I was there this summer, end July, and the lavender was in full bloom. It is little patches of lavender, no fields, and it grows wild. The essential oil, from plants collected by a woman's cooperative, allowed to harvest the wild lavender in this natural park area, this essential oil is beyond the ordinary. It comes from these geographic area: 44°N- 3°E. This is the terroir.

    One of my challenges when composing this fragrance: The wind. How do you create wind? Yes, that was part of the brief...

    This is the first of three articles going  to be published on facebook, in German, where I write about the creation of this scent and the collaboration with the two guys and one girl.

    Ah, and yes, the fragrance 44N 3E is not your standard all natural "fume". I composed it with essential oils, absolutes, resins and no isolates, and nothing else; it is spectacular, lasts forever, and glows like a brilliant cut diamond. It is quite remarkable, indeed.

     Today's picture: A sketch of a lavender sitting on stony ground, done on the ipad, July 2013, in the Haute Sevennes, Causse Méjan. 

     

  • Ingrid. in three weeks, she will make a first public appearance

    In three weeks from now, hard to believe, I will be in Los Angeles, together with Brian Pera, attending the official launch get together at the Scentbar for Ingrid.

    Ingrid will thus make her first public appearance at the occasion of the "vintage perfume party" at Luckyscent's scentbar. I feel that this is indeed the perfect stage for Ingrid. Here's the program: "...Come celebrate Ingrid, the new vintage-inspired scent collaboration between perfumer Andy Tauer and filmmaker Brian Pera. Then vintage-perfume expert Barbara Herman will read from her new book Scent and Subversion followed by a sniff and tell of vintage/discontinued gems from her collection and the collections of Scent Bar friends and regulars."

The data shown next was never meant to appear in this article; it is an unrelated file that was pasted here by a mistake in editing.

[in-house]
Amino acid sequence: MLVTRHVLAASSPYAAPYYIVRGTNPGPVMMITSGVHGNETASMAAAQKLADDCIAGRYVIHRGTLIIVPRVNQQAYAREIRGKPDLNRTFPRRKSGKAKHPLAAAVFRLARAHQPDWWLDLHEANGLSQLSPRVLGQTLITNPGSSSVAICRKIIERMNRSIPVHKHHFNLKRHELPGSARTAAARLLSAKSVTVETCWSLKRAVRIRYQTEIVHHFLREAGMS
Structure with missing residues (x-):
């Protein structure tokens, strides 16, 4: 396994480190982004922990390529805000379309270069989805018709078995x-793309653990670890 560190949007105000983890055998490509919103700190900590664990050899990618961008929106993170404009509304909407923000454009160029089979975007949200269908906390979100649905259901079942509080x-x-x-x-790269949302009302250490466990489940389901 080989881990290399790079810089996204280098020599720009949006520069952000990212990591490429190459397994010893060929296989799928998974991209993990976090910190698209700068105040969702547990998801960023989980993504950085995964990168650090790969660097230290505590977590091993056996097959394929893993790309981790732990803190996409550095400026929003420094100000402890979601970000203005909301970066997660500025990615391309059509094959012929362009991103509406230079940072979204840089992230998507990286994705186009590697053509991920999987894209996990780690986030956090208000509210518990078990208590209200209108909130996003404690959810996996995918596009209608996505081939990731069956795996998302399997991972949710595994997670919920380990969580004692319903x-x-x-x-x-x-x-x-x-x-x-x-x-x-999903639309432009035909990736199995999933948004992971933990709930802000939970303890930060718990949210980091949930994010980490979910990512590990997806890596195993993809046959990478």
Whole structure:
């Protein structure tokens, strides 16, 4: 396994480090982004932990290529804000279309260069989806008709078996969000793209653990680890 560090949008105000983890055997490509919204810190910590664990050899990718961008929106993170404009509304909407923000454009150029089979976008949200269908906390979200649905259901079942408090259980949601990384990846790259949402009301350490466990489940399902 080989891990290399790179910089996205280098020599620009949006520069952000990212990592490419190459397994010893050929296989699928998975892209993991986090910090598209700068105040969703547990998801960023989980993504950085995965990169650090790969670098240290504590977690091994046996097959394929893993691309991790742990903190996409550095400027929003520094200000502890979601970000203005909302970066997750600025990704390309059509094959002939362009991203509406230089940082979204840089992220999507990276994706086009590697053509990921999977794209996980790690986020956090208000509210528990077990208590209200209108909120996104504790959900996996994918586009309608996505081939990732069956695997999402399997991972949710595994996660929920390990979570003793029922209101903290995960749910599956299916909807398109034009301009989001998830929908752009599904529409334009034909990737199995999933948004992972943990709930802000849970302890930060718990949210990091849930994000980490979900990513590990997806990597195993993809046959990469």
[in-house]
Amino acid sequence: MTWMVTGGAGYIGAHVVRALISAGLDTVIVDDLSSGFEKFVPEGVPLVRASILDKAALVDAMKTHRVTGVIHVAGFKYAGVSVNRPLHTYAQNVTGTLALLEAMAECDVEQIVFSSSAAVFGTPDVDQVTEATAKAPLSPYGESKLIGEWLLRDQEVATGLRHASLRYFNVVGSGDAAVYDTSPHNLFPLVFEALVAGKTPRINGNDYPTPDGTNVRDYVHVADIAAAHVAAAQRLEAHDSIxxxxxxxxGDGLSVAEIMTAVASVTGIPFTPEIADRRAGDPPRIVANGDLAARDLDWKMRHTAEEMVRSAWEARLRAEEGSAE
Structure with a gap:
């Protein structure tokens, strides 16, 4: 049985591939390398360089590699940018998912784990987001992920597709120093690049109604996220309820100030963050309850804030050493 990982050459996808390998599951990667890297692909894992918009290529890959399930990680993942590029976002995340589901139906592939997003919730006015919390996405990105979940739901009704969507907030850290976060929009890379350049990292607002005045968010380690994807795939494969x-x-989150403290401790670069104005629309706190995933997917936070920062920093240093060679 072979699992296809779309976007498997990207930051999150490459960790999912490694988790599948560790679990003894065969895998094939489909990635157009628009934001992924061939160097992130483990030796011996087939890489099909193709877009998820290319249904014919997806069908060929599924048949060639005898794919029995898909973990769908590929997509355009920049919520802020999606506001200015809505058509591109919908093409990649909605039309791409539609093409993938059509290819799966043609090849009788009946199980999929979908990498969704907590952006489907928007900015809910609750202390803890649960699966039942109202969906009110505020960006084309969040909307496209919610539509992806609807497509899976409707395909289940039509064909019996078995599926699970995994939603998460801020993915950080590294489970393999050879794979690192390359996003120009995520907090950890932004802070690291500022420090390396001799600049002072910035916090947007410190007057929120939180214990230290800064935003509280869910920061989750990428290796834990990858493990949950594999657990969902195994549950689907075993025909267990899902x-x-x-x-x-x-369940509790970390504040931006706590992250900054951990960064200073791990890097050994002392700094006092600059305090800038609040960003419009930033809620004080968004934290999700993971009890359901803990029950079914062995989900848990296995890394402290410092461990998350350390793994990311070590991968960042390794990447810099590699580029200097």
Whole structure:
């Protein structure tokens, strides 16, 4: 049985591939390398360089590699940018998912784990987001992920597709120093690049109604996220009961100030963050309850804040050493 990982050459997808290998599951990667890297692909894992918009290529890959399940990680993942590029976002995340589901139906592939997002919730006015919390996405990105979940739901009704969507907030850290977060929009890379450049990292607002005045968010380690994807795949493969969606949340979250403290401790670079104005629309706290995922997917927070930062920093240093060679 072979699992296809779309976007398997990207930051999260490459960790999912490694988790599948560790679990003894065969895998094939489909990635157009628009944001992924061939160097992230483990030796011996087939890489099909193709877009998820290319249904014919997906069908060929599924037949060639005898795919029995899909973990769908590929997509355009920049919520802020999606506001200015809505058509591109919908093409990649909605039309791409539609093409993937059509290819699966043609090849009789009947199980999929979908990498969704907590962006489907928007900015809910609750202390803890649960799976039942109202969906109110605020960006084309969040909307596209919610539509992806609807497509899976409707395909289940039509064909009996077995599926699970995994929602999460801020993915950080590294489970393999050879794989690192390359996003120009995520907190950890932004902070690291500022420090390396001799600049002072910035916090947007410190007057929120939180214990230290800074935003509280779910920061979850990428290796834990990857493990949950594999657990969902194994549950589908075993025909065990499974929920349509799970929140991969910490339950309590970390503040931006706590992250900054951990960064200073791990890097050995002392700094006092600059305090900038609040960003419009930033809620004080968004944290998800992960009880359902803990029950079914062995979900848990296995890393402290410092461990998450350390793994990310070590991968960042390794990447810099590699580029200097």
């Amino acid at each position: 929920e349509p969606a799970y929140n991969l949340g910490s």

Today's picture shows you some details  of the first, finished flacons that I finished decorating a couple of days ago. This is, by the way, a lot of work.  Some of them will ship in a few days to the US. So, yes, I am happy, that I can send them off, and work on papers and other scents, and I am happy that I can finally present to the world how I see Ingrid.

    I am very excited, as Ingrid is probably the most interesting scent of the three fragrances that I created for Tableau de Parfums. I think Ingrid is very beautiful.

  • when voices disappear

    Yesterday, right before going to bed, I sent another flyer order out: for PHI- une rose de Kandahar. I picked the sketch that I did a few weeks ago of the flacon of PHI, and sent 10x15 cm postcard flyers, white background, 350 gr/m2, single side coated, demi gloss, out to the printing company. Today's photo shows you a detail cut out of a lower res version of the PHI flacon sketch.

    I want to use the flyer together with orders in the next few weeks, as cards where I say thank you and send greetings to my perfume loving fans. And maybe I am sending some to winners of the draw on Perfume Of Life. We will see...I mention this flyer because of a couple of things.

    First, because I like the sketch in its imperfection and its rudimentary, fleeting way. What a nice contrast to the blingbling images of flacons (mine included) that you see on the web and print. It mirrors my world of flacons much more than the photoshoped reality that I also have to publish. It is an illustration that I created in the factory where I spend hours after hours these days packing perfumes. I sketched it using digital tools (ipad) and my finger. I find this utterly fascinating how the most complex digital tools and the most simple drawing tool - a finger- come together there. There is something high tech archaic in there.

    Second, because it is sort of a very "quiet" tool of communication. Those who wish to see it and listen to its message, may do so. Newsletters, for instance, are louder, usually. What I experienced recently with newsletters that I get from companies like ebookers or american apparel  is: Too many, too loud, too much discount. One of these companies started to send multiple newsletters a day (once) which was the tipping point for me to drop out. Too much. Discounting is a loud tool, and free shipment, free extras and plain discounts are very dangerous. Give them on a regular basis and sooner or later nobody will be willing to pay the normal price. And, like me, when booking flights way ahead from Zurich to Los Angeles: Clients just sit there and wait for the next discount before ordering.